Friday, October 09, 2009


My seniors are reading Beowulf, and recently wrote an awesome round of poems of desolation in response. After I read them aloud in class, M asked, "Where's yours?"

Here it is...

[Carrion Doom]

Darkness reigned
Reigned down through the peril in our hearts, negating life, negating
The smallest flames, the greenest shoots, up through the
Blistering snow, grey wash of death
Mirrored in the eyes of all who
Prayed in the midst of our desolation
We cried beyond tears, we cried a desert’s worth of
Desecration, we envisioned ourselves
The carrion of a darkness
The length of the infinity
Between two numbers
That long stretch
Beyond gloom, beyond despair, beyond
The dimness that ruled our stolen hearts.
Words echoed off the walls of our minds, ghosts
In the wind, ghosts borne of terror and the
Smallness of rodent courage.
The quest for birth was feeble,
Mincemeat churning the feeble tissues
The aching bone-lappings
The feeblest of whispers
Careening through the arteries
Rivers of fear, capillaries of doom
Triggered by the last possible
Dream lost in the narrows
Prayers of dissipation, prayers
That rifle memory, dead memory
A string of lost consciousness
Green mountains, green fields
Before the grey warriors shattered
The dream-sanctuaries of orchid bloom.
The gods disdained us, the chasms
Divided weak from weak—there
Was no strength in us.
One child
Distaffed torment
Chaos in the tendrils of her hair—
Violet abyss, empurpled souls—
I cannot sing past the night’s shadows
Caustic disarray, caustic sentiment,
A scathing dirge to the lost,
The lambent violence of the failing light.



Blogger jsd said...

very beautiful

11:29 AM  
Anonymous Teresa said...

This is really good. I love the imagery of the "violet abyss, empurpled souls--" and "the lambent violence of the failing light." I also liked the fear careening through all the blood vessels in the body and the "rodent courage". You've used "rodent courage" in other poems, too. Great metaphor. I also liked the image of crying "a desert's worth of desecration".

Was this an old one from the attic, or did you produce it fresh?

11:44 AM  
Blogger murat11 said...

T: This is fresh; I rolled it the last fifteen minutes of math class this morning. The weather is perfect for such contemplations.

11:59 AM  
Blogger murat11 said...

Hey, Ms Vermont! Good to see you! It's raining meatballs down here!

12:00 PM  
Blogger Dee Martin said...

I've come back four times to leave a comment and got lost in this piece each time. I couldn't narrow it down to a favorite line because I loved them all and they flow one into the next - okay wait, maybe "Chaos in the tendrils of her hair" - that might be my favorite. No wait - "smallness of rodent courage"? Maybe "the length of the infinity between two numbers". Nope, gonna keep them all in the box together, wrapped up with a purple ribbon. I loved this.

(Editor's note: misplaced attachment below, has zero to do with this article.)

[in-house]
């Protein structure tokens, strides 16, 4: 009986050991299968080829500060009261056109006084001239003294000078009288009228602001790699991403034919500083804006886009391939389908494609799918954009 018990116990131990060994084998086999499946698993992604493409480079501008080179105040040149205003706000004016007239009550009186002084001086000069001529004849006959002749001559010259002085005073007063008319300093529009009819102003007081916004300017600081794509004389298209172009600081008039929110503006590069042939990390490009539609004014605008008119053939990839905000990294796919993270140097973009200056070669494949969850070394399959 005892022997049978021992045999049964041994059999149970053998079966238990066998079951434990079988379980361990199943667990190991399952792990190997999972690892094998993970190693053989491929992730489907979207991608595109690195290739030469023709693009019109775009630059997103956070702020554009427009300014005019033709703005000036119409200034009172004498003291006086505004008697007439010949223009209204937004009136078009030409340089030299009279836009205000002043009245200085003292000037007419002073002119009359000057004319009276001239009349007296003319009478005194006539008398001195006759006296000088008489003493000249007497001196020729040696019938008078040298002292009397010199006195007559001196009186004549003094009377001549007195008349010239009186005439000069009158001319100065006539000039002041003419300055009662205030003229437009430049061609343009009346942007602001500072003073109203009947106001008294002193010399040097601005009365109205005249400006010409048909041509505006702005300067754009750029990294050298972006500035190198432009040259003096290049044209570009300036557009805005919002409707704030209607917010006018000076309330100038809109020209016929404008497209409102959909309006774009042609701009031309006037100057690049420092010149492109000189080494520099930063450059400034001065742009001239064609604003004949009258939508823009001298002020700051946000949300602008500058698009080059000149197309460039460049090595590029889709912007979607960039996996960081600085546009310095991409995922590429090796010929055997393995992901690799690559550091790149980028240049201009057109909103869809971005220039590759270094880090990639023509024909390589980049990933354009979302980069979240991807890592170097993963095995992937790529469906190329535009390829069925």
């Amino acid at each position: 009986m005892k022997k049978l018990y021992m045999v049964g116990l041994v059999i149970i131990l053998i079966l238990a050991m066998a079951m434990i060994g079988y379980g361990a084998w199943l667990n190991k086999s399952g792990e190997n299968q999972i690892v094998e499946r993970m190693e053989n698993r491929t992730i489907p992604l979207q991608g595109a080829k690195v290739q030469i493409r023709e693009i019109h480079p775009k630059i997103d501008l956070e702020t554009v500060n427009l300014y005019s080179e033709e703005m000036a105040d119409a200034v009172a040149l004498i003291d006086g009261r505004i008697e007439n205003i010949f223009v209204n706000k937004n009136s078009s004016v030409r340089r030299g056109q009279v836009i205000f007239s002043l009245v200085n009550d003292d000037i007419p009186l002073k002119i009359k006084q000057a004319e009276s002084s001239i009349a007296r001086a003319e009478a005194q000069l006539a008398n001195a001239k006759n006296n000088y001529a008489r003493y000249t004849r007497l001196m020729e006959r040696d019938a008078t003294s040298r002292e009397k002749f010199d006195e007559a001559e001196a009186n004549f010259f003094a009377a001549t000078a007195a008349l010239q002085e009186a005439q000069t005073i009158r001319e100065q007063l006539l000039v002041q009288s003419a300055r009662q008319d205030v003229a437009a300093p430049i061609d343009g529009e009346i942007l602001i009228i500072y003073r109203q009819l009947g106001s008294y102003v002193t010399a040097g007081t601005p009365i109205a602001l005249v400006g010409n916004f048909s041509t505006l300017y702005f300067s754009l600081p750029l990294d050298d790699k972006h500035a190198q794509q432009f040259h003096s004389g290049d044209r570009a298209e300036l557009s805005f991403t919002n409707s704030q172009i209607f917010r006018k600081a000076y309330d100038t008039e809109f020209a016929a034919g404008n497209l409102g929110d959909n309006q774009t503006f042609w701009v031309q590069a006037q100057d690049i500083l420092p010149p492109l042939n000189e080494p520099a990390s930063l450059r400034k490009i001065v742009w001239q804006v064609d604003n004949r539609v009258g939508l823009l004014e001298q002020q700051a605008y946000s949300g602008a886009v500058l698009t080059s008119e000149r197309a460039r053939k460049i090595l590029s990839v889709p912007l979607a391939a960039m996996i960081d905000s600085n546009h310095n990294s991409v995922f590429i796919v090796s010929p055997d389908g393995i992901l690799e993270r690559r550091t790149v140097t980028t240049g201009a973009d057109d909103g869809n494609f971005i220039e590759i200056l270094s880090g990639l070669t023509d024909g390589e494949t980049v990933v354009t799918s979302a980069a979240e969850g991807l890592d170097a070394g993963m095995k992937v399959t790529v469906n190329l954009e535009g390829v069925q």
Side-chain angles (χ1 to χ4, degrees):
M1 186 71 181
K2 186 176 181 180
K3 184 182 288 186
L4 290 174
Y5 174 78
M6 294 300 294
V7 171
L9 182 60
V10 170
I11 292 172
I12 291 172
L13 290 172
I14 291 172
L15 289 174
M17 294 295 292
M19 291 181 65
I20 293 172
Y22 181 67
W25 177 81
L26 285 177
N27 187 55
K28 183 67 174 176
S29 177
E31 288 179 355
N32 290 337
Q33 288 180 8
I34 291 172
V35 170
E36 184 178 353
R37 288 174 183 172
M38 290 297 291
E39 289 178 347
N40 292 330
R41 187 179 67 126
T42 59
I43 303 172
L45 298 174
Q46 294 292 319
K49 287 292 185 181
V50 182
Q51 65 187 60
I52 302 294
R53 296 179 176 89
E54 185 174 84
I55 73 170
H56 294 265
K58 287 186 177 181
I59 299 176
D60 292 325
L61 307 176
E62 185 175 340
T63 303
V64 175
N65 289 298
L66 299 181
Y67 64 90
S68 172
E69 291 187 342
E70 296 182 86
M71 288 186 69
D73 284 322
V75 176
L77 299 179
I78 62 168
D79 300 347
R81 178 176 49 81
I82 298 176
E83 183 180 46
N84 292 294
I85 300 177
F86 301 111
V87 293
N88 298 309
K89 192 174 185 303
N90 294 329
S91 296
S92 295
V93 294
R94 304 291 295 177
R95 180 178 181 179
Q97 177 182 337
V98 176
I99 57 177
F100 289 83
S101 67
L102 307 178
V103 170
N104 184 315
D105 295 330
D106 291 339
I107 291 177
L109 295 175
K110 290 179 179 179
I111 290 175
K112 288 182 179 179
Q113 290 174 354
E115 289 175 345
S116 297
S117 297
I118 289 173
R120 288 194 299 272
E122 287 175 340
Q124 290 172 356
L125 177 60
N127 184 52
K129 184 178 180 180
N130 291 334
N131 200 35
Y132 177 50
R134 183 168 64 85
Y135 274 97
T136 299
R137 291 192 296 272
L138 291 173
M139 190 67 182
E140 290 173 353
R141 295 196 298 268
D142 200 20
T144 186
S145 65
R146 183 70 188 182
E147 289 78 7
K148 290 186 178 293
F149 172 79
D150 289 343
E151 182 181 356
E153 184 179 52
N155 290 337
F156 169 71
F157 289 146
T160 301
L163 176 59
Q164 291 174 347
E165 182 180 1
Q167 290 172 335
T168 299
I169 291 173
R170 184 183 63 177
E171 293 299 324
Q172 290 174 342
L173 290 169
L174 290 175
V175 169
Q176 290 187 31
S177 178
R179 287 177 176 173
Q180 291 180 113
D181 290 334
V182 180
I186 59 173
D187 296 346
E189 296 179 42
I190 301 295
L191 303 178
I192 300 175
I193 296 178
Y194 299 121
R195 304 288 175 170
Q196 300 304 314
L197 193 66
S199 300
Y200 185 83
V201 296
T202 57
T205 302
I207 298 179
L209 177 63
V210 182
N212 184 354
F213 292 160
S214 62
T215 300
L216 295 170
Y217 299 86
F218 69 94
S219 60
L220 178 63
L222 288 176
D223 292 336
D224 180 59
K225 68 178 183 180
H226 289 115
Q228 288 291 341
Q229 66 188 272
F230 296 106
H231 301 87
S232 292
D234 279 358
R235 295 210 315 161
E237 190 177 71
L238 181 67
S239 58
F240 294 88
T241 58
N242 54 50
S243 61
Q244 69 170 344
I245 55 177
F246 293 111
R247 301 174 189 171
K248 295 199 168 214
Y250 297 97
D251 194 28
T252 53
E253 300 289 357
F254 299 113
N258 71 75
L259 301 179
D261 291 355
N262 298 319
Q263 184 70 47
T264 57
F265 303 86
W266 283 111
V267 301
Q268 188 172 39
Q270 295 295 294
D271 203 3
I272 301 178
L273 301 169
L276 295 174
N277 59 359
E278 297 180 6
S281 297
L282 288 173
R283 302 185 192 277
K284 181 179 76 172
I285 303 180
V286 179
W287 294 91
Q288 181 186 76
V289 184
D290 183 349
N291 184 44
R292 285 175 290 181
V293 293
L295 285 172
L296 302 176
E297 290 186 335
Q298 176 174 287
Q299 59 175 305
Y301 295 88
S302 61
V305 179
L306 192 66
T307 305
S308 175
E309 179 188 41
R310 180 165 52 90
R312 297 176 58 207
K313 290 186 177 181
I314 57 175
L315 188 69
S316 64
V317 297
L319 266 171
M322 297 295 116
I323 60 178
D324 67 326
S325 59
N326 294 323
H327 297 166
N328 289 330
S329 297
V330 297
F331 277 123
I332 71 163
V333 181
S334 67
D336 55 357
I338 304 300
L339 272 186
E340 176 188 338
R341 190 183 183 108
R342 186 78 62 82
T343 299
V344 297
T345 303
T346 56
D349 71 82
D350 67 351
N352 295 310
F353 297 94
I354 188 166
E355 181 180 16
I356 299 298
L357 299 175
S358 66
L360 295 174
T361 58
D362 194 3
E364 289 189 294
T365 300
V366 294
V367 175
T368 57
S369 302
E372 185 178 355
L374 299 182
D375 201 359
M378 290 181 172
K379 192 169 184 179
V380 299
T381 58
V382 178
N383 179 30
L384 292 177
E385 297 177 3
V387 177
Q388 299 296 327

10:25 PM  
Blogger murat11 said...

Glad you liked the purple package, Dee. I stole the "infinity between two numbers" from an NPR piece I heard about a new book entitled The Calculus of Friendship.

Back from Alpine and Marfa. Wonderful grey rainy Beowulfian weather from just east of Fort Stockton on.

10:50 PM  
Blogger Dee Martin said...

Glad you enjoyed the trip. Shared dinner with friends and watched TAMUs homecoming game. They lost by one point but being a band parent for 6 years, I was more swept away by the drumline doing Darth Vaders' Imperial Death March from the stands whenever Commerce got the ball. (Along with Swingtown and Hey Baby) Dinner with old friends made it an almost perfect day.

5:29 AM  
Blogger Tammie Lee said...

I can feel how this rolled from you in 15 of class, the words pour out, fluid. In the middle I gasped for breath, I forgot to breath as I read it for one word lead to the next. Amazing piece Paschal!

9:33 AM  
Blogger murat11 said...

Glad you enjoyed this, MizLee: steady on the breathing there, girl.

10:52 AM  
Blogger San said...

The yawning distance from one number to the next, between the weak and the weak, in the interstices of carrion doom. Pass the blood, bro. It's Halloween and I am hungry for more.

2:27 PM  
Blogger murat11 said...

San: Beowulf as blood sport: what a great Halloween story. Jason's got nothing on the Geats.

6:46 PM  
Blogger anno said...

A desolate beauty, and I am envious of your ability to find your way to a final line weighted with perfect gravity. Lambent is a lovely word; thanks for the introduction.

12:16 PM  
Blogger murat11 said...

Good afternoon, Ms Anno: No need for envy, girl: I've seen (and swooned over) your elegant lines many a time.

12:30 PM  

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